If a place is 2 for 2 .... commitment to football/athletics and the resources to get it done.... you probably have a pretty good program and a coach that has stayed there for an extended period. If you only have 1 out of 2, or worse, zero for 2, it gets very tough to consistently have a strong football program.

    Finally, this is why I get so aggravated over the 7 on 7 and summer football arguments. I want to get my guys ready for the season, especially in regards to acclimated to the heat. But, in my opinion, the things listed above are why football has struggled in our state. Not how many times we can do 7 on 7.

    What are your thoughts?
    Great post. #3 is the most significant of your points.

    Stagnation of teaching and coaching salaries will kill the coaching profession. Everything comes down to money, and that doesn't mean coaches are money hungry. Hard to justify to your wife and kids why you are spending so many hours away from home for pennies to coach. Heck, they could spend the less time working at McDonald's and make 10-15 times as much.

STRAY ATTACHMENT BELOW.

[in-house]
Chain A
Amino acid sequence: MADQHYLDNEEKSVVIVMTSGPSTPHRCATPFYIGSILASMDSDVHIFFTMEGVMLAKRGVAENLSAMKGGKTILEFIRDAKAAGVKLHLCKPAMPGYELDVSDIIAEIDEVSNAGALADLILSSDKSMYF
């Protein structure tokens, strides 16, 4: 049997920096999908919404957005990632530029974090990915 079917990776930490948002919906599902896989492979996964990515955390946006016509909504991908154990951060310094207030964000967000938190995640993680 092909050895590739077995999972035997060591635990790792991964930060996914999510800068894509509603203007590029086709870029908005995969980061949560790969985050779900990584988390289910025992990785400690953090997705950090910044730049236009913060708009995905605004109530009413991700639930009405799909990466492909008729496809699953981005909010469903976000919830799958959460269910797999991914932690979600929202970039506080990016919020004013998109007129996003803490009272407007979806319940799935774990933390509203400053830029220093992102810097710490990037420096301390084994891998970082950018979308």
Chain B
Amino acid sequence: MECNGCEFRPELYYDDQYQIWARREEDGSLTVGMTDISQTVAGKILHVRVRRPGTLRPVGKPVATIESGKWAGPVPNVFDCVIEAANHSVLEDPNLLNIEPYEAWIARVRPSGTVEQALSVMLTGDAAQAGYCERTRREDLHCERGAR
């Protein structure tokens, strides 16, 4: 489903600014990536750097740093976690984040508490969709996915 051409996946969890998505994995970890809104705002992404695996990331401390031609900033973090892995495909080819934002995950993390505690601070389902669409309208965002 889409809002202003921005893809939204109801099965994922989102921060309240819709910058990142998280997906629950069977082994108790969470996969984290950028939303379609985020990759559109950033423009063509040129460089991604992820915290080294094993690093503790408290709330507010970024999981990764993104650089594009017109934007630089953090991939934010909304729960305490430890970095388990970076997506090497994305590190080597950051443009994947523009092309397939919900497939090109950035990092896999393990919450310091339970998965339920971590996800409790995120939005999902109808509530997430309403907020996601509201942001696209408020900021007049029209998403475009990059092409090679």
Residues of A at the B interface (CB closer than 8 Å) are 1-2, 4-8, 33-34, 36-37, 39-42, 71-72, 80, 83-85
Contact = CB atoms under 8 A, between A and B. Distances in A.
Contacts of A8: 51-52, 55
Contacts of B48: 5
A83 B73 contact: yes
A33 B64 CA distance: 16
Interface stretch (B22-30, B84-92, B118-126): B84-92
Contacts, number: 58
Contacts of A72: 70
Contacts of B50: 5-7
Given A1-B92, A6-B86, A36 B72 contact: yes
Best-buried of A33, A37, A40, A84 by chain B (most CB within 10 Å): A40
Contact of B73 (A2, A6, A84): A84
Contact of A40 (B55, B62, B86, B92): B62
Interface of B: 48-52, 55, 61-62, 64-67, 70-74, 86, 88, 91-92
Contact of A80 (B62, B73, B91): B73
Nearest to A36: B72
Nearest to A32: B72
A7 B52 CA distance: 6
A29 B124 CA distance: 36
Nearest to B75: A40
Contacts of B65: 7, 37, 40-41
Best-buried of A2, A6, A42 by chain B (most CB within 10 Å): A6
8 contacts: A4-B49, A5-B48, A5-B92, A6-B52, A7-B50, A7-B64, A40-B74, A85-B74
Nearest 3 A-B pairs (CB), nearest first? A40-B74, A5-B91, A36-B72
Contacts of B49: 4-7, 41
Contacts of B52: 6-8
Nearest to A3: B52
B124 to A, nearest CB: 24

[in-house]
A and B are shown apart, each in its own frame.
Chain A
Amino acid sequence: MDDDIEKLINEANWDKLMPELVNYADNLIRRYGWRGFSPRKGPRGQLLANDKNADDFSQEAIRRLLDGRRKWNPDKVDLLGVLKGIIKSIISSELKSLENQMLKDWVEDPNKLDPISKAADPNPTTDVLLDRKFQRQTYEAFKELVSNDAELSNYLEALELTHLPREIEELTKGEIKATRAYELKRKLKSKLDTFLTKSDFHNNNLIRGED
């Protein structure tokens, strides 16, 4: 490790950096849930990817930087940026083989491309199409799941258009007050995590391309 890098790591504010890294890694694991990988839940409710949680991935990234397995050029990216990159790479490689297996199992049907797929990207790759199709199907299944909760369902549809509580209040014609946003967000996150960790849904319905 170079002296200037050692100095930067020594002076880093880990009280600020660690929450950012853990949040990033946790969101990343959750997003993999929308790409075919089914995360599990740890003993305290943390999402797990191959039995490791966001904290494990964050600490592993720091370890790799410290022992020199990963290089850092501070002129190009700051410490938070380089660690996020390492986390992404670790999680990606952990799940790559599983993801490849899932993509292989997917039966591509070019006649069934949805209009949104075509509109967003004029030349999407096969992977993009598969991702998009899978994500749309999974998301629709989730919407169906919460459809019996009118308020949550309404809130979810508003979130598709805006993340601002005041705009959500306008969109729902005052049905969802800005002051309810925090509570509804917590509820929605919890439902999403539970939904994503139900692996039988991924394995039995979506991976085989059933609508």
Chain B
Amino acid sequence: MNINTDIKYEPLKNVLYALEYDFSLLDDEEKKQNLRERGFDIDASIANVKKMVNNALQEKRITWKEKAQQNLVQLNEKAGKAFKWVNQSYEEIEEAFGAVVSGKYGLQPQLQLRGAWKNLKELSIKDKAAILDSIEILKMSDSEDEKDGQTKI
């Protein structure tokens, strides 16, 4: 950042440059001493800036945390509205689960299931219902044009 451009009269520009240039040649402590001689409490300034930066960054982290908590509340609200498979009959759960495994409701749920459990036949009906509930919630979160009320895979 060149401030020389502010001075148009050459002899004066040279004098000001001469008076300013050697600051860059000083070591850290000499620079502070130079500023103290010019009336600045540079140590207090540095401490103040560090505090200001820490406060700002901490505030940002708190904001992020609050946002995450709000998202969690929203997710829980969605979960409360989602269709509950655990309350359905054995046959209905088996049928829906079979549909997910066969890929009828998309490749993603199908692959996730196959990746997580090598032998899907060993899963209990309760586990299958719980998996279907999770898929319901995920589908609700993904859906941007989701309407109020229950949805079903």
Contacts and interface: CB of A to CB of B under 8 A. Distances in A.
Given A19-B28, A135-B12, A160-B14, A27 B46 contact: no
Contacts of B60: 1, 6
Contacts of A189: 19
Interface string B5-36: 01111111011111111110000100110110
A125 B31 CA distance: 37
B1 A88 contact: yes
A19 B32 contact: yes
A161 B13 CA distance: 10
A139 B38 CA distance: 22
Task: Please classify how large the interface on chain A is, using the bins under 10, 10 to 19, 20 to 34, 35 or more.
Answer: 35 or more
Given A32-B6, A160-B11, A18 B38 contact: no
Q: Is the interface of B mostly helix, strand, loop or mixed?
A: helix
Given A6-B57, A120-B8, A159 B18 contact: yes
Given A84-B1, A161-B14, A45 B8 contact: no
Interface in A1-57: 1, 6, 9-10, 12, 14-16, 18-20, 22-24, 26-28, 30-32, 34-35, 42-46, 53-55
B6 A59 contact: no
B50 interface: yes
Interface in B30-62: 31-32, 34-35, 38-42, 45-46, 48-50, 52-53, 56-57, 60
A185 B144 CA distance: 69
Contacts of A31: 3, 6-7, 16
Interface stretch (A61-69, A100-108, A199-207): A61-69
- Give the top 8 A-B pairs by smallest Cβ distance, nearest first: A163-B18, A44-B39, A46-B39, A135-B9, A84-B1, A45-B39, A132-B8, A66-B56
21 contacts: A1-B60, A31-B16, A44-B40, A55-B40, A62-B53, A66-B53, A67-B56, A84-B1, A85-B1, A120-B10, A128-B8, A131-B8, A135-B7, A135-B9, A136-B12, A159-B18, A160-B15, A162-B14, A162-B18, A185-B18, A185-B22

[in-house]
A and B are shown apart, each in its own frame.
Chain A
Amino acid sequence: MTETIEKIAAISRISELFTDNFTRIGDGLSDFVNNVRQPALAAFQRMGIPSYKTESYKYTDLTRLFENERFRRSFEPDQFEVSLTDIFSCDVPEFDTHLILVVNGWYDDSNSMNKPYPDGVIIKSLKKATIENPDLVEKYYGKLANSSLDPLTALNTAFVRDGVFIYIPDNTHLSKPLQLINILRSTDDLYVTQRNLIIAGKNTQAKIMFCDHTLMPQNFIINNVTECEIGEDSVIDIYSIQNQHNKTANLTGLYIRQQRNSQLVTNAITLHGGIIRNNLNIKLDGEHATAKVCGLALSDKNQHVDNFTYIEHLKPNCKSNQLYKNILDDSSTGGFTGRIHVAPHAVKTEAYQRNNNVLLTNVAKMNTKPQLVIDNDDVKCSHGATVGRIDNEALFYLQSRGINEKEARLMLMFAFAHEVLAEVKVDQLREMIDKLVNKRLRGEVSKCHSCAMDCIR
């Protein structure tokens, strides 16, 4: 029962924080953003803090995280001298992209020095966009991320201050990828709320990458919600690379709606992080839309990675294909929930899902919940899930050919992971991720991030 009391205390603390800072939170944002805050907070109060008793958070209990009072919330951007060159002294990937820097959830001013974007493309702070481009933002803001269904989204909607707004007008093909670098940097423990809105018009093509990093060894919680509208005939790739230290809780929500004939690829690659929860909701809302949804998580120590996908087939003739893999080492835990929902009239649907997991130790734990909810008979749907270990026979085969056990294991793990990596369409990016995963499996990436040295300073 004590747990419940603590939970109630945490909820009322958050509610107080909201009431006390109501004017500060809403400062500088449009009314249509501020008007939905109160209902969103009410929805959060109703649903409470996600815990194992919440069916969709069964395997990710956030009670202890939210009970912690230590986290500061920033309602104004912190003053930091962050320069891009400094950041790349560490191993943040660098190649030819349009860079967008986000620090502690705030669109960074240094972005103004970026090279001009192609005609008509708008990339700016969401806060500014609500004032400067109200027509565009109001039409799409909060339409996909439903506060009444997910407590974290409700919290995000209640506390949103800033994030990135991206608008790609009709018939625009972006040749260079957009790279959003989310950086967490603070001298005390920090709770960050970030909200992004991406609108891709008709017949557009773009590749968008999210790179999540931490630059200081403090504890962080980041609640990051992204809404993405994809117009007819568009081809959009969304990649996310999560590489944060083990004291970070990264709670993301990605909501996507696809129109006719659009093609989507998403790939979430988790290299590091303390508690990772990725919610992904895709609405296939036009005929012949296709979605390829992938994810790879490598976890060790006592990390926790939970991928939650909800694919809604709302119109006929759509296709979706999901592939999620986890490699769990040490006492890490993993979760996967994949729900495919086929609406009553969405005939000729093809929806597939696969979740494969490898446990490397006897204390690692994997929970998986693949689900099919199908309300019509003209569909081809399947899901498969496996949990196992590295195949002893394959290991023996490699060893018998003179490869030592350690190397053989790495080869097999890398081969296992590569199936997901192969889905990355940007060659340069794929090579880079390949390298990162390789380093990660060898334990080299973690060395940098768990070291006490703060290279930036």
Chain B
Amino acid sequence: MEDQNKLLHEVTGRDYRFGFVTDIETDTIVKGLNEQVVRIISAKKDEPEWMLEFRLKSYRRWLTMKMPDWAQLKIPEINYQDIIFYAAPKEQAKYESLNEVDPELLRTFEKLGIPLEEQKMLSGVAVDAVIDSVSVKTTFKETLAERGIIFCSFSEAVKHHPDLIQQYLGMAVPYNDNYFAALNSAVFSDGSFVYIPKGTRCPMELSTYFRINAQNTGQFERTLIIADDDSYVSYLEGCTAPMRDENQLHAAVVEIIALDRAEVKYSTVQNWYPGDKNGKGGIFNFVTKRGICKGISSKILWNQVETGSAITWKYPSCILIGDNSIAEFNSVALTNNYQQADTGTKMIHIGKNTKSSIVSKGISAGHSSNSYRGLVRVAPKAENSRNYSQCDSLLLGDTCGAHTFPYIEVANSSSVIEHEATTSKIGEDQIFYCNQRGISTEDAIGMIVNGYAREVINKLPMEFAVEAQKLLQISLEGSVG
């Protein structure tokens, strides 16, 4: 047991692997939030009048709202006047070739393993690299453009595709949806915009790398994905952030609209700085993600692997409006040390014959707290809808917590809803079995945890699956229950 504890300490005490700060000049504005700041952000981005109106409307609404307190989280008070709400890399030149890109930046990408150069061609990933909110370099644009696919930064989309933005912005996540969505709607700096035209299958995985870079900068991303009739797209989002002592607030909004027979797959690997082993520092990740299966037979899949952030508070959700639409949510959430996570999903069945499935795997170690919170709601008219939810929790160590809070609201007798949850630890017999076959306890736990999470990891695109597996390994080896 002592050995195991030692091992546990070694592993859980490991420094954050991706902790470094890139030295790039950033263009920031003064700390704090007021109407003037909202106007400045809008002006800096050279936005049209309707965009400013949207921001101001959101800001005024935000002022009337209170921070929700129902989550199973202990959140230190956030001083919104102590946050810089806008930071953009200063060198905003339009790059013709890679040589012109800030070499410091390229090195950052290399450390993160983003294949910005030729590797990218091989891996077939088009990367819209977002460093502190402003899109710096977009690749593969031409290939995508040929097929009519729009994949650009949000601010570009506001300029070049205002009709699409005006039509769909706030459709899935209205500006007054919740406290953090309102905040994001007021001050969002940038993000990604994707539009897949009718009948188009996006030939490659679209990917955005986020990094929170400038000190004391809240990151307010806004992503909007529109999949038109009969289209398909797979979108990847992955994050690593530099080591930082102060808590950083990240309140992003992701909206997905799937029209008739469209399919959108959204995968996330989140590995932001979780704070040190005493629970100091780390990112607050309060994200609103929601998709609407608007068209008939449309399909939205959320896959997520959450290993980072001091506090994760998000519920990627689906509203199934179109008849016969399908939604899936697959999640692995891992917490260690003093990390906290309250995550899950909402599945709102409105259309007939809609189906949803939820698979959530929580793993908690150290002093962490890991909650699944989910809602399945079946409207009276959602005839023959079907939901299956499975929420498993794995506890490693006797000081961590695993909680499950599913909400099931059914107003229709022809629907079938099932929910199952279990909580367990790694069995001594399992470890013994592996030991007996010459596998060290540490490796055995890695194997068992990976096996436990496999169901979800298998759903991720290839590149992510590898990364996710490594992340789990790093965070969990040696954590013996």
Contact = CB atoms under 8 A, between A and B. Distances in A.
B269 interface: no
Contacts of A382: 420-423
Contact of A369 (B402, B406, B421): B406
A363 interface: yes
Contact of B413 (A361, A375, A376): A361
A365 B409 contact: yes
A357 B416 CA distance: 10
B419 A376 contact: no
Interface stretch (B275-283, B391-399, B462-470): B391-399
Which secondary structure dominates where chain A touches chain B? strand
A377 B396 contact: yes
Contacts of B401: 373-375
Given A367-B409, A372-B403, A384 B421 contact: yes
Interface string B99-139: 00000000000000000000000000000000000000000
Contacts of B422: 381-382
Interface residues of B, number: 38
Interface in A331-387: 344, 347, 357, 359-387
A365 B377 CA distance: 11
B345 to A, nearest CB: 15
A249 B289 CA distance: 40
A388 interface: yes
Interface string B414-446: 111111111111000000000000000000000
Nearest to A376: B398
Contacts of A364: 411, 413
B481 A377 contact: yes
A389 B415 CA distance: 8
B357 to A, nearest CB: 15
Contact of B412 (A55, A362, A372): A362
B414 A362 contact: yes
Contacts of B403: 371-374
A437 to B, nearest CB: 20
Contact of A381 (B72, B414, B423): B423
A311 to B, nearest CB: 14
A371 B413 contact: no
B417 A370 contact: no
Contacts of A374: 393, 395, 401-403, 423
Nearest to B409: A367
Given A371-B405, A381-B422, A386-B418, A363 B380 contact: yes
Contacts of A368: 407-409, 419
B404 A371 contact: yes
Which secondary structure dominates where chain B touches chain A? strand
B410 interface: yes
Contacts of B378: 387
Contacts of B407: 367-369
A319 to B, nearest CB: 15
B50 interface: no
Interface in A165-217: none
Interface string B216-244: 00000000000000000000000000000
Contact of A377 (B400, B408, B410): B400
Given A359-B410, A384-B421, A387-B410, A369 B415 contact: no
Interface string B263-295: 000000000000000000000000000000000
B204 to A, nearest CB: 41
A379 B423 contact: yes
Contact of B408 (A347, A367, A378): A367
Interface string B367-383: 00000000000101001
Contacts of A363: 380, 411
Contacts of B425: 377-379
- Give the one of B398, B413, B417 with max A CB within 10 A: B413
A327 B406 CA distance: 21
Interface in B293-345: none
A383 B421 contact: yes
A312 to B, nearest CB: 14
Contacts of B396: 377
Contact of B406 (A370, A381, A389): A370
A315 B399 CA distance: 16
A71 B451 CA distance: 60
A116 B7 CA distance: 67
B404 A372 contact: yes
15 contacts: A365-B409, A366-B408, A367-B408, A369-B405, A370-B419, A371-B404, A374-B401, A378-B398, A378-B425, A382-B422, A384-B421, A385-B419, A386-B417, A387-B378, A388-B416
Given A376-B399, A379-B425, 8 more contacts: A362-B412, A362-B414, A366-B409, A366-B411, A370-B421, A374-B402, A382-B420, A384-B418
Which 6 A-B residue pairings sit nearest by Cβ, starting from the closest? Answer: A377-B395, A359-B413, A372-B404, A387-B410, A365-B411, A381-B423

7. #7

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    Guys I have never coached but I had sons that played and I never got involved in these parents that run their mouth about the coaches. That is a huge problem today. And I will say this, I really believe that you have these English, history so on and so on that are the principals at a lot of places have no back bone when parents come and complain about the coach. IMO if they were old coaches like they used to be they would back the coach and tell them if they don't like it take your son somewhere else. THAT IS WHY YOU HAVE SO MUCH TURNOVER principals cave to parents because again all most have ever run is a classroom not a program where you have to make calls that are tuffer than giving Johnny extra credit.